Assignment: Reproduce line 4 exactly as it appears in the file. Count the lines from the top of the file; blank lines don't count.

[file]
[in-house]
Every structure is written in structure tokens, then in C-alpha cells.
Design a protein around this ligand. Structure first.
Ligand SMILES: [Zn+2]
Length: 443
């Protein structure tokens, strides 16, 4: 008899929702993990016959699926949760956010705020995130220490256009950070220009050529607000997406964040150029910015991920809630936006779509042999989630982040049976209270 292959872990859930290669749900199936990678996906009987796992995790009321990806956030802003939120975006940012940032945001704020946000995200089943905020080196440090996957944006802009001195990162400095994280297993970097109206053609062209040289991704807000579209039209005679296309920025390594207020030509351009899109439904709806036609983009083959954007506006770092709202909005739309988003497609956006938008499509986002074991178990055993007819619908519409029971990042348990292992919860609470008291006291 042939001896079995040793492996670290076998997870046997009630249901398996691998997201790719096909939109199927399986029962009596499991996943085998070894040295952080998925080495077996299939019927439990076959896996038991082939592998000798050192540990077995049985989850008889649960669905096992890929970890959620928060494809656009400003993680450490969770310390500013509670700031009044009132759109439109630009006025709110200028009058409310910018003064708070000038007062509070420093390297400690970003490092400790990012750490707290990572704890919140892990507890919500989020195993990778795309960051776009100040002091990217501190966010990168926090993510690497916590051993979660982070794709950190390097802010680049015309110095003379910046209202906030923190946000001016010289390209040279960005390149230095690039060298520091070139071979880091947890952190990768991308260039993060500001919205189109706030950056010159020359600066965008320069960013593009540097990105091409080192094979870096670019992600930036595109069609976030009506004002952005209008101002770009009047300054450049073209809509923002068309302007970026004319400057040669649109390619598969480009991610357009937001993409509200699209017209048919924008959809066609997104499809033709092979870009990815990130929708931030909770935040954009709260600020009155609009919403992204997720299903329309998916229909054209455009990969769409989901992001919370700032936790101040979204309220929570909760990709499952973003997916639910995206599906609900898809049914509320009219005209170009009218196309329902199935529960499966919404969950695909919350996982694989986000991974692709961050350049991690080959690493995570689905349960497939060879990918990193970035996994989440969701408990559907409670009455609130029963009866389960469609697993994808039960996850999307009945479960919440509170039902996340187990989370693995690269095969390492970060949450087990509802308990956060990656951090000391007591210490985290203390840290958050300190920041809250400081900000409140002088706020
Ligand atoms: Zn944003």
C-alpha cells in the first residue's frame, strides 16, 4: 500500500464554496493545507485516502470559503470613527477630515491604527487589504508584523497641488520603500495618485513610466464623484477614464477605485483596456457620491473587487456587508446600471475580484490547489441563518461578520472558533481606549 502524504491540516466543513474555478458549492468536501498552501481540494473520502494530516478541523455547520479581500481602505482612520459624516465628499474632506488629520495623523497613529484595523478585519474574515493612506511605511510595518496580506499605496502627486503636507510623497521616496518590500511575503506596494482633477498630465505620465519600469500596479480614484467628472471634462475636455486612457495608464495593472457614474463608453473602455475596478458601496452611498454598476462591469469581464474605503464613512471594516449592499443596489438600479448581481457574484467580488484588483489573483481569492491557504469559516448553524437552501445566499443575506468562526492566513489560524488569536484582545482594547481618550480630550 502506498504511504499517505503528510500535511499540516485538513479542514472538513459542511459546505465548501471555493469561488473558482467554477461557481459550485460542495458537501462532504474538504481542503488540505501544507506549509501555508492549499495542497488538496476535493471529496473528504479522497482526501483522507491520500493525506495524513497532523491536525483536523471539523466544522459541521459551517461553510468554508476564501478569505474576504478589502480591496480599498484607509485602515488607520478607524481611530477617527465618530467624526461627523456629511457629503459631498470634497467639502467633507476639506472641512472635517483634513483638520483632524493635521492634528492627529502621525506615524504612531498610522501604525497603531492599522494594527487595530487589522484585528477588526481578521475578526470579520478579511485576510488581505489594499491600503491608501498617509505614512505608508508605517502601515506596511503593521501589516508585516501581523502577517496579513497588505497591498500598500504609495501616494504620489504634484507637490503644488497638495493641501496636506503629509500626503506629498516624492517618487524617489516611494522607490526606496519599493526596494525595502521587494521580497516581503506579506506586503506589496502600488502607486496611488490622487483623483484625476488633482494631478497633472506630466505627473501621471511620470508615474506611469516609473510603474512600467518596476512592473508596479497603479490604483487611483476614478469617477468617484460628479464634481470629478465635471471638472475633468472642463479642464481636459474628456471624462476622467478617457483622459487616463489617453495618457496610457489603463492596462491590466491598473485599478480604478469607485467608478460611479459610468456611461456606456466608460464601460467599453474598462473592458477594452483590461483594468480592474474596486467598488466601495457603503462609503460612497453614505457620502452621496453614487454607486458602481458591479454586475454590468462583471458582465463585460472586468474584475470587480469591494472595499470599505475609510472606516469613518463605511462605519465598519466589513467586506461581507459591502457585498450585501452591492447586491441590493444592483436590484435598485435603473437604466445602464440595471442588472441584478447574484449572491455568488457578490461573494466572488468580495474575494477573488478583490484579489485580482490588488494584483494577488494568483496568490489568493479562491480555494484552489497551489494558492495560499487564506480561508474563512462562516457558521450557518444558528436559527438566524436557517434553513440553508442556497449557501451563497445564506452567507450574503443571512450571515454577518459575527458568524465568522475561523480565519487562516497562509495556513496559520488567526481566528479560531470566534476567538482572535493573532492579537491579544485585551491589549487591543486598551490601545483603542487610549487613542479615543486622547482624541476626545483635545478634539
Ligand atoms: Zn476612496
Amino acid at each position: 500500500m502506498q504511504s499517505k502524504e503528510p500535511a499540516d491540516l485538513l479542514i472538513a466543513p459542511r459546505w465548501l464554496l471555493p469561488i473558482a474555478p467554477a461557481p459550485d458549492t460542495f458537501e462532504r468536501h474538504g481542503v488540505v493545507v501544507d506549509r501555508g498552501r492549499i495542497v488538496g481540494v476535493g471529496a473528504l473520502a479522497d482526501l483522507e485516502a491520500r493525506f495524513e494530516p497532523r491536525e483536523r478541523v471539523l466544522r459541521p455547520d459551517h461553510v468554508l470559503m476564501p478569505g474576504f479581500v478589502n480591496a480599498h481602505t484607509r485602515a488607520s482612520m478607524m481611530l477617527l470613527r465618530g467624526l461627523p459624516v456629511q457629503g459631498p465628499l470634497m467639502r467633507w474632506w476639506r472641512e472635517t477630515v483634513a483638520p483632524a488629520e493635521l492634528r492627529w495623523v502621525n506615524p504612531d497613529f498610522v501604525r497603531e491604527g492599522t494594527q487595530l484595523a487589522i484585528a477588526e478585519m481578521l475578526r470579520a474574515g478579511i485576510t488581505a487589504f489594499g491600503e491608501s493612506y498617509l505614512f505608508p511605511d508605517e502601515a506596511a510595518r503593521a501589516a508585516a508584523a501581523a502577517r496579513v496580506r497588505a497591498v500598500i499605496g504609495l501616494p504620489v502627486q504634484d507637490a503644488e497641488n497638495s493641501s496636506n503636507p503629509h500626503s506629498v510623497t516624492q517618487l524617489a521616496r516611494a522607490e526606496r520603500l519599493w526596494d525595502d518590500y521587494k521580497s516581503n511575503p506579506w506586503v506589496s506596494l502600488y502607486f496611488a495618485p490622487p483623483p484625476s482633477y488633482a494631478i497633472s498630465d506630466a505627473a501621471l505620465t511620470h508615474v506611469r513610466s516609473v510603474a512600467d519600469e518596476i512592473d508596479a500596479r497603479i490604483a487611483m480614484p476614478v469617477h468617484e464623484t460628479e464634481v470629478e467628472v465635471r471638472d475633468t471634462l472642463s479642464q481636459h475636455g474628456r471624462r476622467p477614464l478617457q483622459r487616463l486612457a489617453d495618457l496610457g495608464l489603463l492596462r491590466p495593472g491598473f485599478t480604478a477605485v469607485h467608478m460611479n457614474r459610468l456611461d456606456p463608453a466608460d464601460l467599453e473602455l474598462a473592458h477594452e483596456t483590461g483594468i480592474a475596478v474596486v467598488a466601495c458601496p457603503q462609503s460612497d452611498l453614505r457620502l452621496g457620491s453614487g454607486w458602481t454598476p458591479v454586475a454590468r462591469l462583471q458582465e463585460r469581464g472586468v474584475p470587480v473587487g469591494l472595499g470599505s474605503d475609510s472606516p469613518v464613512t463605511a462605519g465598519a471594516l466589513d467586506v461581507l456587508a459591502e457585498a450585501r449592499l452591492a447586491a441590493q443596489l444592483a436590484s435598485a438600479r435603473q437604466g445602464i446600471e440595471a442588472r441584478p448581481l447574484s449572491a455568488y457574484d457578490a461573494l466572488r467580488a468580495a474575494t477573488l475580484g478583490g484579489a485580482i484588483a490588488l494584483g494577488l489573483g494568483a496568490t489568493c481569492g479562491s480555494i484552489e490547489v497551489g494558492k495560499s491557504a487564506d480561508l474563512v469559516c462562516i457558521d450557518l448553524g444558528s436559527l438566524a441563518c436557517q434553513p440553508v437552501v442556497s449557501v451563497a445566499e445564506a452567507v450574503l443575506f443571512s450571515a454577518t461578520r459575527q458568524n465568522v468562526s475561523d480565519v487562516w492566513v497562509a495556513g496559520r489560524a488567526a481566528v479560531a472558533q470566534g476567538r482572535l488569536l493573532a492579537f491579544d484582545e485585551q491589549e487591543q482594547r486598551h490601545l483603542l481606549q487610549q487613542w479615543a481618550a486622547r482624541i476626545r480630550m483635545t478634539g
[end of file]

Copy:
Ligand SMILES: [Zn+2]